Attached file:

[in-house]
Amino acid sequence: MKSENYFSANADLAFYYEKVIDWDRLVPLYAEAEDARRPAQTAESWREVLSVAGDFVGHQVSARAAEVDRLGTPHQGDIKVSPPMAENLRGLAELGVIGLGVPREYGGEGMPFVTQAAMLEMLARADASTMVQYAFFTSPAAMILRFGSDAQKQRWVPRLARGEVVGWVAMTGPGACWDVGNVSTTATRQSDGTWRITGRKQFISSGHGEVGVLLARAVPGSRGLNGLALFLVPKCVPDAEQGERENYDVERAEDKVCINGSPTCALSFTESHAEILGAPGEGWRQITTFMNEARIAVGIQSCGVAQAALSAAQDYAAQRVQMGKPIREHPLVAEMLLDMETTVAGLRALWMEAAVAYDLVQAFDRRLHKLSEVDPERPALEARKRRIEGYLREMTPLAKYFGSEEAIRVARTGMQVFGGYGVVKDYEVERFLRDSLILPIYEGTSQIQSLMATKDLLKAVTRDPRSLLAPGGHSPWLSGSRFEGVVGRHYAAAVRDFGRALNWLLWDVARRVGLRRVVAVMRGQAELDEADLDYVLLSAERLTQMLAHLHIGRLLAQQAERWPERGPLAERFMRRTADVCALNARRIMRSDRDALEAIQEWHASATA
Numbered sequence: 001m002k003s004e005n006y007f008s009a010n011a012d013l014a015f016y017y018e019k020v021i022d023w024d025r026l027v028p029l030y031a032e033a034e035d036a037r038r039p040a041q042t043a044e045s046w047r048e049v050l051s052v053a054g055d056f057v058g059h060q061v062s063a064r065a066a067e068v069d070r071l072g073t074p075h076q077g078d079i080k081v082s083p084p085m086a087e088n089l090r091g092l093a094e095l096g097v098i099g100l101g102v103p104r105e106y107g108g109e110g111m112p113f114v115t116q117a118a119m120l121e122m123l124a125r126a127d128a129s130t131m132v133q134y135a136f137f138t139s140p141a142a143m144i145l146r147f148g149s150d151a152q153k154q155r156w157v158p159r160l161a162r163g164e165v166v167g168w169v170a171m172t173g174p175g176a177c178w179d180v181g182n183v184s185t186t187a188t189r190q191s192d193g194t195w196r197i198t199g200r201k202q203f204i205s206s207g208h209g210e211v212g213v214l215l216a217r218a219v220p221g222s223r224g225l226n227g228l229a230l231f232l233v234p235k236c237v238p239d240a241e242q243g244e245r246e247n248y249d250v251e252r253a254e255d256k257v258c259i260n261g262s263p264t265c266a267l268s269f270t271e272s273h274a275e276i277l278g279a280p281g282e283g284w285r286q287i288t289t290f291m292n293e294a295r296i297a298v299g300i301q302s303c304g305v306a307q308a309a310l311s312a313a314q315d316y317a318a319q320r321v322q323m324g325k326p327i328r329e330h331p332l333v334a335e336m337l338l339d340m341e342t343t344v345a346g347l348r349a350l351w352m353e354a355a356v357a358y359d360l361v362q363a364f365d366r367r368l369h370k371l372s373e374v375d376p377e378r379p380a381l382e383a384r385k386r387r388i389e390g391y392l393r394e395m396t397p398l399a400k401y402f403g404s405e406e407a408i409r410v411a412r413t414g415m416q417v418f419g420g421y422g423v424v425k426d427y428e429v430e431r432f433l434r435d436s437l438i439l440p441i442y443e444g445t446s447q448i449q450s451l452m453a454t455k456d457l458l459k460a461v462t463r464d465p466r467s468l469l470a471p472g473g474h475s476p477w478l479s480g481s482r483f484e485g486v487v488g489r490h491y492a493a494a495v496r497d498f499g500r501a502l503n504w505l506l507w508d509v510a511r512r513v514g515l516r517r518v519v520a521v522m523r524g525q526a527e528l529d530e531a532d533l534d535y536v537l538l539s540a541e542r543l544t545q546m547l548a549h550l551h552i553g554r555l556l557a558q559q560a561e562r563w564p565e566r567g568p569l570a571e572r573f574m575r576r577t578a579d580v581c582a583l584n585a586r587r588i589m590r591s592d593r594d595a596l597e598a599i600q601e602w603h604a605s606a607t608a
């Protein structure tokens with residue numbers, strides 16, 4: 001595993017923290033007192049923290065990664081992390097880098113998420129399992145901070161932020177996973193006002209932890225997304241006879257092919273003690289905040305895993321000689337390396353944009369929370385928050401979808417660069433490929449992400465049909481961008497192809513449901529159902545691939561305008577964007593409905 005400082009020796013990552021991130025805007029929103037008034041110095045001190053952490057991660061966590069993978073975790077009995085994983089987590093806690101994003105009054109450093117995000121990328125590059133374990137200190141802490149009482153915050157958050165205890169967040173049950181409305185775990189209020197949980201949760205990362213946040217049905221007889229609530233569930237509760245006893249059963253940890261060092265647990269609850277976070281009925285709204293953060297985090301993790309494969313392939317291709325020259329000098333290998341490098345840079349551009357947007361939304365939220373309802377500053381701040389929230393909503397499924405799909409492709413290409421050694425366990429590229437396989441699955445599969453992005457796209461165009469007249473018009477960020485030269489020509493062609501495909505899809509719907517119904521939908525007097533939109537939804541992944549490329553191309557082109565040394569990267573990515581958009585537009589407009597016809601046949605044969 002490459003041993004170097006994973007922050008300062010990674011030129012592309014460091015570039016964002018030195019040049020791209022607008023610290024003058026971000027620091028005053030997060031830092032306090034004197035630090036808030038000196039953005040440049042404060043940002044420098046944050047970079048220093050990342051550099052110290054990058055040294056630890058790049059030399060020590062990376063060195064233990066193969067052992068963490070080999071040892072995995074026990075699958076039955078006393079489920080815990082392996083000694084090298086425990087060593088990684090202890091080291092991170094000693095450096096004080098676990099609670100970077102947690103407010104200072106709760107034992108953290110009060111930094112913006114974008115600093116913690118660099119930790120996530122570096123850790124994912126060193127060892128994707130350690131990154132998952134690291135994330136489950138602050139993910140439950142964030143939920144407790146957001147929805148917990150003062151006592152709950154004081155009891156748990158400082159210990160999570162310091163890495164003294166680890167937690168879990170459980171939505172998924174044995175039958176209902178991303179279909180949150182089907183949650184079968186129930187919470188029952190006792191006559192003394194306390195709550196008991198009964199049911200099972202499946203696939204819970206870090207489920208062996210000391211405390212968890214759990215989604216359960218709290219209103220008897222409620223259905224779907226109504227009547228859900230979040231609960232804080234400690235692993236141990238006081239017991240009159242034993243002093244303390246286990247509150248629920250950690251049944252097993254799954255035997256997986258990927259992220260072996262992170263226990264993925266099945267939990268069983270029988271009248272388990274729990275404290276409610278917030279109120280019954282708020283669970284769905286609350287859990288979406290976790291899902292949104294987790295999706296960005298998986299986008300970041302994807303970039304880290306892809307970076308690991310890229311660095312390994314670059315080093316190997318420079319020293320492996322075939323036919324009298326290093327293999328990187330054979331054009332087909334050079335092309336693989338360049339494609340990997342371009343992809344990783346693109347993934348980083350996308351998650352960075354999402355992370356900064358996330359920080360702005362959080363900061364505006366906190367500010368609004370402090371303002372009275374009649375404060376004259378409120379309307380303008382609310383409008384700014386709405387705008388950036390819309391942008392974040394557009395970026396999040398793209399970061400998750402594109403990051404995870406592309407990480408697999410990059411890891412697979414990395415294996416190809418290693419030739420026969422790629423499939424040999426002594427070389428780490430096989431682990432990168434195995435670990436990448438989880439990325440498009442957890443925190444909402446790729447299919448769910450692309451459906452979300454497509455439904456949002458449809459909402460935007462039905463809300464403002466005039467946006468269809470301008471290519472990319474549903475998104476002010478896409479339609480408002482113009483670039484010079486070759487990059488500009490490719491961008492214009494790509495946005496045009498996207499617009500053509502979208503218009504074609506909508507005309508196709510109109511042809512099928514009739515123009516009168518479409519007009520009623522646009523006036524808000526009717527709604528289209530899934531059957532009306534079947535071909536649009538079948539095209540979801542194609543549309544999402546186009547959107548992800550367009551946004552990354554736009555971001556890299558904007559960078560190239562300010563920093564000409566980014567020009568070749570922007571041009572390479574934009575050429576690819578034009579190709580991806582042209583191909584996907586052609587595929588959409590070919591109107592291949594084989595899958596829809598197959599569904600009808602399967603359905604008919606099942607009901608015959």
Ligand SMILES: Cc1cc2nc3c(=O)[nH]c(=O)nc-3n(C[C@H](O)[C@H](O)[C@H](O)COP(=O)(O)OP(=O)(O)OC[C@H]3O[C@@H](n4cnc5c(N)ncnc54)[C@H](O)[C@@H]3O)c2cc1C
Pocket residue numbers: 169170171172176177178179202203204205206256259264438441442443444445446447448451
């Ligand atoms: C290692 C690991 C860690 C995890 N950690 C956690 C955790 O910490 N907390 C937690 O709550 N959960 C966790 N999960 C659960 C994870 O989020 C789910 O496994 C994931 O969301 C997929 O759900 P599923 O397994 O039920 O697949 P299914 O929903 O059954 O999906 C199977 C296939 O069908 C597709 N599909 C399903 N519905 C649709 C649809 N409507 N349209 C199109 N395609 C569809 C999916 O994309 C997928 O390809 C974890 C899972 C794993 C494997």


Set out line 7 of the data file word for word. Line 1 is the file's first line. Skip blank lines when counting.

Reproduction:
């Ligand atoms: C290692 C690991 C860690 C995890 N950690 C956690 C955790 O910490 N907390 C937690 O709550 N959960 C966790 N999960 C659960 C994870 O989020 C789910 O496994 C994931 O969301 C997929 O759900 P599923 O397994 O039920 O697949 P299914 O929903 O059954 O999906 C199977 C296939 O069908 C597709 N599909 C399903 N519905 C649709 C649809 N409507 N349209 C199109 N395609 C569809 C999916 O994309 C997928 O390809 C974890 C899972 C794993 C494997």